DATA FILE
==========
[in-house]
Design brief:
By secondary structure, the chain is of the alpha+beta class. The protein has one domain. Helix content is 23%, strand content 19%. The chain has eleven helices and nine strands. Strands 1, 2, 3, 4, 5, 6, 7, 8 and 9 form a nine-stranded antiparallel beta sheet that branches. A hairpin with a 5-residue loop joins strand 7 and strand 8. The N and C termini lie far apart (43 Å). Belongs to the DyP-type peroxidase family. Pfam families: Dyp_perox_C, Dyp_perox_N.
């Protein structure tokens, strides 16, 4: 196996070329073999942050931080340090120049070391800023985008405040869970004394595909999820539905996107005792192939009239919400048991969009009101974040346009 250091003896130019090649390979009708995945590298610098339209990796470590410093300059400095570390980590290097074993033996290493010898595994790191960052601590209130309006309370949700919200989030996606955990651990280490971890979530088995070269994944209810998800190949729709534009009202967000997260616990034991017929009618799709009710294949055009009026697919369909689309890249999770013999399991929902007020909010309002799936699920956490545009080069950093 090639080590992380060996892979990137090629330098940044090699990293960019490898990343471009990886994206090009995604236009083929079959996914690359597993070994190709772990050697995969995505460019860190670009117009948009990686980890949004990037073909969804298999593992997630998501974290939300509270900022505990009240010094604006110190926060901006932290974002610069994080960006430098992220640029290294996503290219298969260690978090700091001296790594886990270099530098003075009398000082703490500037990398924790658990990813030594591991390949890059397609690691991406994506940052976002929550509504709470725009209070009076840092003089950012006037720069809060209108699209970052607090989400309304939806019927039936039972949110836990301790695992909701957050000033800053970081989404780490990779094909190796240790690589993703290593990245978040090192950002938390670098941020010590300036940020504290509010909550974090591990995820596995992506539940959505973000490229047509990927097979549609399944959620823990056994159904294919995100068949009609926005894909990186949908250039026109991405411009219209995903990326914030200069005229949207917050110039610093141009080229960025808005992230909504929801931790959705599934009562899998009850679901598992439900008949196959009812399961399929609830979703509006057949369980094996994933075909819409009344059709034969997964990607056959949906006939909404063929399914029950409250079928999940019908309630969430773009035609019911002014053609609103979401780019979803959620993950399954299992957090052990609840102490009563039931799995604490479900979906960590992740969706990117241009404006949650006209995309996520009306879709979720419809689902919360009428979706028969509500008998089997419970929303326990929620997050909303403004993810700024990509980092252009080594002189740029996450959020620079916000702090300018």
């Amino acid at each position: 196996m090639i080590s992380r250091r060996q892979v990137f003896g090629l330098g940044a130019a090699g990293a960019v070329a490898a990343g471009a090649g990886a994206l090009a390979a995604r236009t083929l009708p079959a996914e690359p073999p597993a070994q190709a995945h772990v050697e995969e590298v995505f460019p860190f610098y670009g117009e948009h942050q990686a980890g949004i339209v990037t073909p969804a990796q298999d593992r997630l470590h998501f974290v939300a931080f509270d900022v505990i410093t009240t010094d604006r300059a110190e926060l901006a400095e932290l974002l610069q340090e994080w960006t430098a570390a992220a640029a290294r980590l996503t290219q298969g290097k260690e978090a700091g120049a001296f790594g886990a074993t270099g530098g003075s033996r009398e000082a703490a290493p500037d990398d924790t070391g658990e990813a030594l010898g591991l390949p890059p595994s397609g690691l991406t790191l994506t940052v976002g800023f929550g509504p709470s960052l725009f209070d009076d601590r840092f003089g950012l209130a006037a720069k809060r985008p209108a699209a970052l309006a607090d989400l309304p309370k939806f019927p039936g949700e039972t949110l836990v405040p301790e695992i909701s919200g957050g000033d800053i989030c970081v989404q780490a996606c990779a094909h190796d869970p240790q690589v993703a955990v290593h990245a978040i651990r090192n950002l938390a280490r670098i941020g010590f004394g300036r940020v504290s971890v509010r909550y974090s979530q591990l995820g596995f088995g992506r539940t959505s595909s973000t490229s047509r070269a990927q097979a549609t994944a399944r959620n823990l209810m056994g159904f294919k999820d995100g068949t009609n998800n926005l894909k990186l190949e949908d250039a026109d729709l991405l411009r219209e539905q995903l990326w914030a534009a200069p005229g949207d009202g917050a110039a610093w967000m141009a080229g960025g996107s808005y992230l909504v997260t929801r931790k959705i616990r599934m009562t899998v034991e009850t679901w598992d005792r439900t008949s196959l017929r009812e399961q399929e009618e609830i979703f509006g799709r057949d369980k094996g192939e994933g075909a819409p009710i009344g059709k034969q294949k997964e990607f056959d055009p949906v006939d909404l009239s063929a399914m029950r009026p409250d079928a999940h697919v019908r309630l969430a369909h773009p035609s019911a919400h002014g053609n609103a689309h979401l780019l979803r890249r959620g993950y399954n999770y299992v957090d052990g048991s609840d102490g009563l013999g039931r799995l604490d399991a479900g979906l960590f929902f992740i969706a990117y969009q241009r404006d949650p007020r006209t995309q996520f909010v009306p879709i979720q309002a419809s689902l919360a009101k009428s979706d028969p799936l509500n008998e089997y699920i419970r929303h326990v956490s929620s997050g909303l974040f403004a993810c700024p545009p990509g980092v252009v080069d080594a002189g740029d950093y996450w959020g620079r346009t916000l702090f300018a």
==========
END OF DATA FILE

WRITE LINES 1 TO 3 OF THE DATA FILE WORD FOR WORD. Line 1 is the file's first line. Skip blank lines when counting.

[in-house]
Design brief:
By secondary structure, the chain is of the alpha+beta class. The protein has one domain. Helix content is 23%, strand content 19%. The chain has eleven helices and nine strands. Strands 1, 2, 3, 4, 5, 6, 7, 8 and 9 form a nine-stranded antiparallel beta sheet that branches. A hairpin with a 5-residue loop joins strand 7 and strand 8. The N and C termini lie far apart (43 Å). Belongs to the DyP-type peroxidase family. Pfam families: Dyp_perox_C, Dyp_perox_N.